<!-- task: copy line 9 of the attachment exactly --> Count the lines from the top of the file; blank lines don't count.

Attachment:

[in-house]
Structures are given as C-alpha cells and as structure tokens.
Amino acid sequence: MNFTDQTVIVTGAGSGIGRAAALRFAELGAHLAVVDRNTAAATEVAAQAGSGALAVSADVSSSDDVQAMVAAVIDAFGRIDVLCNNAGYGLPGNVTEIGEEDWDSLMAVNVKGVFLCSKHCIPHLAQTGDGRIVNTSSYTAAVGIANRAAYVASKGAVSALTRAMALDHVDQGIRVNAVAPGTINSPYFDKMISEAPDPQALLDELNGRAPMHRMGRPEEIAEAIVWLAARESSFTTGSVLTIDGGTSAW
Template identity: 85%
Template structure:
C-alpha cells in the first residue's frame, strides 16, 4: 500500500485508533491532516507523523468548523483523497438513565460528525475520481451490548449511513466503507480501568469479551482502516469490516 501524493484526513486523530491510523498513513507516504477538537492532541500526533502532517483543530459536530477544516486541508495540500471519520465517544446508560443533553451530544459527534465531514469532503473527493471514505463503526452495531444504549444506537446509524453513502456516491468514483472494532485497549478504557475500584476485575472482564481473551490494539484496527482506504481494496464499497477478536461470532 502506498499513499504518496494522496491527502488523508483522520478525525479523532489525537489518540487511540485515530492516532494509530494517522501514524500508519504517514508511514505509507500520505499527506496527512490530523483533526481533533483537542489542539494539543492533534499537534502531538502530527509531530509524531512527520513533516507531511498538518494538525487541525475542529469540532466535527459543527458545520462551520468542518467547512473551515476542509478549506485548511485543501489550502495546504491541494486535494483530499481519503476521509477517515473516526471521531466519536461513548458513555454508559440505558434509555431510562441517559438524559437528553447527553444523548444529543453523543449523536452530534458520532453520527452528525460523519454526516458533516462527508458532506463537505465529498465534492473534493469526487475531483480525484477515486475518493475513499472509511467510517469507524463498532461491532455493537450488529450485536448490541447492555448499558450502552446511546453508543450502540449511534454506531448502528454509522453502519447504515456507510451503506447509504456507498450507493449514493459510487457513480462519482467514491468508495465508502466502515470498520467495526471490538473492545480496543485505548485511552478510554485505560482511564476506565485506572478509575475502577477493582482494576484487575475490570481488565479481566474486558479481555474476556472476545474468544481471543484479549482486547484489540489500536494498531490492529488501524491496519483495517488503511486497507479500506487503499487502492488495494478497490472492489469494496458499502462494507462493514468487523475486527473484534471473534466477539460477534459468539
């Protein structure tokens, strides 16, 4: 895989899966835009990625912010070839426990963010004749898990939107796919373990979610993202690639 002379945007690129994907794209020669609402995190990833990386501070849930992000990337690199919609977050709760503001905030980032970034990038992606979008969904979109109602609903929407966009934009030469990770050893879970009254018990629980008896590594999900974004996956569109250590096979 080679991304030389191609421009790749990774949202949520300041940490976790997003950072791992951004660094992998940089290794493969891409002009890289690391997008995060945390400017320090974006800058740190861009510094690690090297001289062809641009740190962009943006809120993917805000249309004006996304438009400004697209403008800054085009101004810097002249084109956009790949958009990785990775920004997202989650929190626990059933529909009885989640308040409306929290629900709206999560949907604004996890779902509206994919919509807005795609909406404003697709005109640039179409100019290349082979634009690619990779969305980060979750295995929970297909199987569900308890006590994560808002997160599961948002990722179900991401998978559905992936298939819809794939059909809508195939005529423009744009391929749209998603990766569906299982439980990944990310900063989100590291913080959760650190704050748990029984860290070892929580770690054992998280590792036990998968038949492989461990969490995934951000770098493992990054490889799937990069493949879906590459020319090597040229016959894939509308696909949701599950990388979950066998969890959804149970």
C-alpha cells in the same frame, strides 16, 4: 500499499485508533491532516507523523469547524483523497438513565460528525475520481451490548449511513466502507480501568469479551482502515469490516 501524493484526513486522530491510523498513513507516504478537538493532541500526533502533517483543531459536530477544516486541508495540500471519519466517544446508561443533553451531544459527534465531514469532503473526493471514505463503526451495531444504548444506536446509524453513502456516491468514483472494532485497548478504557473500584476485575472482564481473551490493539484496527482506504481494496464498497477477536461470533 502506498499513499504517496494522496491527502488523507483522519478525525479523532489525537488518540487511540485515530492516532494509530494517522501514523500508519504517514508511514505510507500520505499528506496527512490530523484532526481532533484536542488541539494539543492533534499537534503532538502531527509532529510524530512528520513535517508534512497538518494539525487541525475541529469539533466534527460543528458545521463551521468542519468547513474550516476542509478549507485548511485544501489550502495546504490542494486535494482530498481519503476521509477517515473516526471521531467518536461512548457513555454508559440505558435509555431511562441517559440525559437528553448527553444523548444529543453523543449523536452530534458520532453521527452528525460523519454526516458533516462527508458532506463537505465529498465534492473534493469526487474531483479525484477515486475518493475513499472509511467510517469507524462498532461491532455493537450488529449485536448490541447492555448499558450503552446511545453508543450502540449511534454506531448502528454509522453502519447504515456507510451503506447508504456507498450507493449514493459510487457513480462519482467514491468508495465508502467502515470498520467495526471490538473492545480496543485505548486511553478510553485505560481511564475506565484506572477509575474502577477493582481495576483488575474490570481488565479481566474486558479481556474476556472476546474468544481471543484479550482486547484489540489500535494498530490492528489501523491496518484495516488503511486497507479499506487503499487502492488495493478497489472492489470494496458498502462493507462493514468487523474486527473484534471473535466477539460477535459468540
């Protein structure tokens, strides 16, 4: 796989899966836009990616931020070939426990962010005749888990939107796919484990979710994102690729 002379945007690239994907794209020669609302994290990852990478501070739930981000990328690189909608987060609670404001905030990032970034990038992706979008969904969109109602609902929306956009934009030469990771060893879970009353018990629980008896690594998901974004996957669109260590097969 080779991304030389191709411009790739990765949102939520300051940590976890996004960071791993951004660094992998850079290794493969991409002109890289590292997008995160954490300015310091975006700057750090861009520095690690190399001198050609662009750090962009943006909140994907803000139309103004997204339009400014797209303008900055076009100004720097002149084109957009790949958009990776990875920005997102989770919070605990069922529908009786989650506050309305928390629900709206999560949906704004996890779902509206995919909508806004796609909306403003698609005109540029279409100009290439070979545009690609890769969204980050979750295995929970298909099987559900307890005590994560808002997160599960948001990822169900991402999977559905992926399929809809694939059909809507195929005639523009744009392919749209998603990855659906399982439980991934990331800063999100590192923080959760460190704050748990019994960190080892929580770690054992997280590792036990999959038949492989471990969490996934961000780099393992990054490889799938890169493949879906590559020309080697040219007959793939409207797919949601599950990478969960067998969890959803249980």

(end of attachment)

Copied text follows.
């Protein structure tokens, strides 16, 4: 796989899966836009990616931020070939426990962010005749888990939107796919484990979710994102690729 002379945007690239994907794209020669609302994290990852990478501070739930981000990328690189909608987060609670404001905030990032970034990038992706979008969904969109109602609902929306956009934009030469990771060893879970009353018990629980008896690594998901974004996957669109260590097969 080779991304030389191709411009790739990765949102939520300051940590976890996004960071791993951004660094992998850079290794493969991409002109890289590292997008995160954490300015310091975006700057750090861009520095690690190399001198050609662009750090962009943006909140994907803000139309103004997204339009400014797209303008900055076009100004720097002149084109957009790949958009990776990875920005997102989770919070605990069922529908009786989650506050309305928390629900709206999560949906704004996890779902509206995919909508806004796609909306403003698609005109540029279409100009290439070979545009690609890769969204980050979750295995929970298909099987559900307890005590994560808002997160599960948001990822169900991402999977559905992926399929809809694939059909809507195929005639523009744009392919749209998603990855659906399982439980991934990331800063999100590192923080959760460190704050748990019994960190080892929580770690054992997280590792036990999959038949492989471990969490996934961000780099393992990054490889799938890169493949879906590559020309080697040219007959793939409207797919949601599950990478969960067998969890959803249980």